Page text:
Now, my only point was that I am more intelligent than the average human, and I feel I was able to comprehend your books, but they certainly gave my brain a stretch. I am certainly not as sharp as you, and lack the ability to see through the multiple layers of BS spoon fed us by the media each day. In a way you can say that I am the Christian version of the atheists who take science and the unholy trinity as gospel truth, except you are my Dawkins. I do not have the capacity to see the big picture the way you do, nor the reasoning ability to weigh what is bullshit and what is not. On the grand scale I’d actually be on the same level as Dawkins intellectually, I can remember facts, and reason fairly well, but not as well as I think I can, and probably have huge gaps in my logic. Watch Dog of the big picture being your gift, you should use it in a manner that will benefit all, not just the intellectual elites that your blog caters to. If your books were at the far end of my ability, than the people I run across on a daily basis who are barely literate have no hope of grasping the vital truths that you are shining a light upon. So please, draft up some cartoon characters, saddle up with your power point, and put something together for a limited theatrical release with a broad DVD release. If the Lord was able to pass down his higher thoughts to us, than I’m sure you can figure a way to do something similar.

I am his what? Anyhow, I suppose the criticism is not entirely invalid. I have been looking into putting together some sort of bi-monthly YouTube deal with the intention of permitting those who prefer video to follow some of the economic matters I’m writing about. However, it’s important to keep in mind that some subjects can only be dumbed down so far. I mean, if someone genuinely cannot understand that 8.3% annual credit growth over the same time period as 3% annual GDP growth means that the increase in GDP is wholly dependent upon increasing credit, or grasp the significance of what it means when that 8.3% credit growth is replaced by a 6% contraction even when I point it out to him, then there’s really not a whole lot I can do even if I spell everything out with pretty pictures and monosyllabic words.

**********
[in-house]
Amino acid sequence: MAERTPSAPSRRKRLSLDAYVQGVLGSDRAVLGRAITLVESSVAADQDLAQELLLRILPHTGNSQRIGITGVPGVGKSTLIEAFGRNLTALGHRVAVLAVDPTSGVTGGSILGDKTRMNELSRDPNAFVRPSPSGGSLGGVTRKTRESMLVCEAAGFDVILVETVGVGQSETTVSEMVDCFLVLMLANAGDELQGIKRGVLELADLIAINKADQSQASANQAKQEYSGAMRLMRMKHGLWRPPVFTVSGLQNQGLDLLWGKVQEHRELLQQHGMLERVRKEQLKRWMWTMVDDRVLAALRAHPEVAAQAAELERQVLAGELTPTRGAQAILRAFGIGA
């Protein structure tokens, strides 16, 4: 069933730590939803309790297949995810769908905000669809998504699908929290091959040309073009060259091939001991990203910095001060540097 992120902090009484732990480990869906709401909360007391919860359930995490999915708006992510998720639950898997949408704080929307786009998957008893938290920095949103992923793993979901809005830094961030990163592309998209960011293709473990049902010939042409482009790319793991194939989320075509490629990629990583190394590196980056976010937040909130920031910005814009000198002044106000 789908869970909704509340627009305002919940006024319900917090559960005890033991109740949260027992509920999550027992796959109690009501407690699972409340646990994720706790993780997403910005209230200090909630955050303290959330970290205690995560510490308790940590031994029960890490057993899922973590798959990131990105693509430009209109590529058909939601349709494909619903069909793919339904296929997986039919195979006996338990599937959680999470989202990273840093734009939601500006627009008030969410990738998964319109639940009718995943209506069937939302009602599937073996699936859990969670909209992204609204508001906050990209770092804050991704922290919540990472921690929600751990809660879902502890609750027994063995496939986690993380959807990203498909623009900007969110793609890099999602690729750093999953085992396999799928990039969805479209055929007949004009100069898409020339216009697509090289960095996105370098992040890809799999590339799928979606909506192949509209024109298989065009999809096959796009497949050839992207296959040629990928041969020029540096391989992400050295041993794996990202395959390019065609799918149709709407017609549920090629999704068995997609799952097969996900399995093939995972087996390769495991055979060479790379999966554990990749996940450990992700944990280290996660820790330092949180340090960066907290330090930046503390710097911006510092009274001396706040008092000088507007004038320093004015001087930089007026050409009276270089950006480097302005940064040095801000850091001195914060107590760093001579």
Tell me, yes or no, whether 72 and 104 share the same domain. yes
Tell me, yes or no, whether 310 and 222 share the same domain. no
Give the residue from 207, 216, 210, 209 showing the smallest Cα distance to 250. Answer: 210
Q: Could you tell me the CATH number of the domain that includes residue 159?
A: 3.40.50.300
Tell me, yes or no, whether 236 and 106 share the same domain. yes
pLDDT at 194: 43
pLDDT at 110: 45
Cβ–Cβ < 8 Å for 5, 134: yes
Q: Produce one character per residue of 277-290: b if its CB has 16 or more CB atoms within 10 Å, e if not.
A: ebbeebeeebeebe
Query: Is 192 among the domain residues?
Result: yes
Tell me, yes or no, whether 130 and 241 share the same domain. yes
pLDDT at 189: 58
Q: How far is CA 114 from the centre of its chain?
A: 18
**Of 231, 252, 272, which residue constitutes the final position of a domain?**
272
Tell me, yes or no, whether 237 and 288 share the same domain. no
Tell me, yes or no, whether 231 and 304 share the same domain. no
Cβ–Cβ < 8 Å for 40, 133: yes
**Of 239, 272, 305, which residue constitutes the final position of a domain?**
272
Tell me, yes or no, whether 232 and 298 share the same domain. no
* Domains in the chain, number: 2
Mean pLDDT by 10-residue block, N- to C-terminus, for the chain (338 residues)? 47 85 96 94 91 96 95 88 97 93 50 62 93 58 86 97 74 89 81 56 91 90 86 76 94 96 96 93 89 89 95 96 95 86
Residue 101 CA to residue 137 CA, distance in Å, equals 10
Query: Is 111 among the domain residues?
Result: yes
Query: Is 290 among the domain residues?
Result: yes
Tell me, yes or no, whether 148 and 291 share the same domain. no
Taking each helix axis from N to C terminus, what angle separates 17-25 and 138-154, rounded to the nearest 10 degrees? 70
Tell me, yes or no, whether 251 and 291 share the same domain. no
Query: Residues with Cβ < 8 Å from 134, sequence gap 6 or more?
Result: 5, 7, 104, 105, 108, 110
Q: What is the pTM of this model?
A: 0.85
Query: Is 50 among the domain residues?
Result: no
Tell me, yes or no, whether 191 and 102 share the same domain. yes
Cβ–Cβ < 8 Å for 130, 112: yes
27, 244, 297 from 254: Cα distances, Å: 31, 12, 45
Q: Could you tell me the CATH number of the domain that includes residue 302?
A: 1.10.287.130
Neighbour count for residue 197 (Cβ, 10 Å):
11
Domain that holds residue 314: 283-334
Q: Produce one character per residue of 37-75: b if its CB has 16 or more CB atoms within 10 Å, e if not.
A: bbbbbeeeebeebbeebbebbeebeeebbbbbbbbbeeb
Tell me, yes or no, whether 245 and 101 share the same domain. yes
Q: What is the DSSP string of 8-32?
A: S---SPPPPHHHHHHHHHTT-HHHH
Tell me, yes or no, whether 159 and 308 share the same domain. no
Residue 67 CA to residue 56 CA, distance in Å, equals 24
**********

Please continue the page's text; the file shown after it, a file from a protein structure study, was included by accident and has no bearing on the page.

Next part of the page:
Of course, Mr. B.A.D. also has to keep in mind that I simply don’t care all that much about the rest of the world except for my desire to stay away from it. I tend to follow my intellectual interests as they happen to evolve; I’m certainly not attempting to save Man from himself.

And returning the subject to RGD, those who have read it should be amused by this inadvertant, but telling confession by Paul Krugman in today’s NYT column:

As you read the economic news, it will be important to remember, first of all, that blips — occasional good numbers, signifying nothing — are common even when the economy is, in fact, mired in a prolonged slump…. Such blips are often, in part, statistical illusions.

You don’t say…. In case you don’t understand the significance of what Krugman is saying here, it is a straightforward admission by a Neo-Keynesian Samuelsonite that macroeconomic statistics are insufficiently reliable for macroeconomic policy making. Which, of course, is the very point I was making in the chapter entitled “No One Knows Anything”.

Bernanke and the housing bubble

In which Ben Bernanke throws Barney Frank under the bus. Even if you’re not an economist, Ben Bernanke’s attempt to excuse the Federal Reserve for any responsibility in creating the housing bubble really has to be read to be believed. Here’s the one of the more damning paragraphs in the 36-page PDF: